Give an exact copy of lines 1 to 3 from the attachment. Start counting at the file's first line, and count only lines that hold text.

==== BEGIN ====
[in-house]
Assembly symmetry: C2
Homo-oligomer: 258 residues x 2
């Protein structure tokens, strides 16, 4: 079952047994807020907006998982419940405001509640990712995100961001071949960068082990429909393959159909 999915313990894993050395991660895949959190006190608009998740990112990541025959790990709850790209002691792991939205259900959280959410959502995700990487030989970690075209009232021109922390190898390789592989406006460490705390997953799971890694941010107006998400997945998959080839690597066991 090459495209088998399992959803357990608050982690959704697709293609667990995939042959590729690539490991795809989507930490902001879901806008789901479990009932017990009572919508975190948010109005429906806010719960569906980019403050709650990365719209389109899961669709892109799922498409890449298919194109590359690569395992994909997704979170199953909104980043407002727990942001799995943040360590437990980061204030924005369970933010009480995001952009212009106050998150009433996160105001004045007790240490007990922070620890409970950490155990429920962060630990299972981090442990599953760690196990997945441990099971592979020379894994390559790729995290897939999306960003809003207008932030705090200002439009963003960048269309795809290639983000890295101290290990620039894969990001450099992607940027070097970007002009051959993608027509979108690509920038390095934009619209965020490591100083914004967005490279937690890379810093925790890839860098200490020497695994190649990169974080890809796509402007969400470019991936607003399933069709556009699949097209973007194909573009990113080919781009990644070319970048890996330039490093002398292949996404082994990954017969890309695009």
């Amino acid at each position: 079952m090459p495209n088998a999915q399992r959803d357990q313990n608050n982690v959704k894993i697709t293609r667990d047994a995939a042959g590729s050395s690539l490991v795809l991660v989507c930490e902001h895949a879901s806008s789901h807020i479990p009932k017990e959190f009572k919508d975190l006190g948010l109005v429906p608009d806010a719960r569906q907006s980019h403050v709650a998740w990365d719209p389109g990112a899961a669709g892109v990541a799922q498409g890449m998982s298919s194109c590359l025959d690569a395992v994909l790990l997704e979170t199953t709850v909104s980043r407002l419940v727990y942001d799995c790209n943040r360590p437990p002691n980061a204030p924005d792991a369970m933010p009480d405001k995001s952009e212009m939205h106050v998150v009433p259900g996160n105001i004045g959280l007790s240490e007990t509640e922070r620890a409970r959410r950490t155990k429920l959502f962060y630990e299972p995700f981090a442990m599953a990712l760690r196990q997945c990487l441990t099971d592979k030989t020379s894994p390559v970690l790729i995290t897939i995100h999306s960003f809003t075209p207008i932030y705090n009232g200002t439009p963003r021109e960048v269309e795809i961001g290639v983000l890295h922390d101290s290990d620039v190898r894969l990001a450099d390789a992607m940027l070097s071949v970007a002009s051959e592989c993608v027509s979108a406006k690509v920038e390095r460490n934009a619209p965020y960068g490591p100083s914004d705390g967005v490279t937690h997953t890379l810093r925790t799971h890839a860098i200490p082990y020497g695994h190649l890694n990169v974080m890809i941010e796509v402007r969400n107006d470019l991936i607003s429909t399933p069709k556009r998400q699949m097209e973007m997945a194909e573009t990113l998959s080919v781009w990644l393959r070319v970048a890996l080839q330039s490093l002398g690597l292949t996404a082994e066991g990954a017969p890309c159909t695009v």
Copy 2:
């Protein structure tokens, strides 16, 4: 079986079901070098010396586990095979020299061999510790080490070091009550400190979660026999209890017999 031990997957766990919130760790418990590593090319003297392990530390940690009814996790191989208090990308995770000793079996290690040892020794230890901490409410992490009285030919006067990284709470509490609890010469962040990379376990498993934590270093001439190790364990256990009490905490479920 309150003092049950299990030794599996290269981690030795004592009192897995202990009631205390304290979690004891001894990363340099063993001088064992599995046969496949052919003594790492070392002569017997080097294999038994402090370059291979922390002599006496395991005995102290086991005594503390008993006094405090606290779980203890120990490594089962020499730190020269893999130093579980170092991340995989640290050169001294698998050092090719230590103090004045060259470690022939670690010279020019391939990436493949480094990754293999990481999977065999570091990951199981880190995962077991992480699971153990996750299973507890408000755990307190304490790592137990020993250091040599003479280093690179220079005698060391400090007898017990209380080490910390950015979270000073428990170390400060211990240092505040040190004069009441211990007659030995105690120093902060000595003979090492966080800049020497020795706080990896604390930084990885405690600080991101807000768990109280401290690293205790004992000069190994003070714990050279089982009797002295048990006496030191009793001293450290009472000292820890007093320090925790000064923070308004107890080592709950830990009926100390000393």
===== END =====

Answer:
[in-house]
Assembly symmetry: C2
Homo-oligomer: 258 residues x 2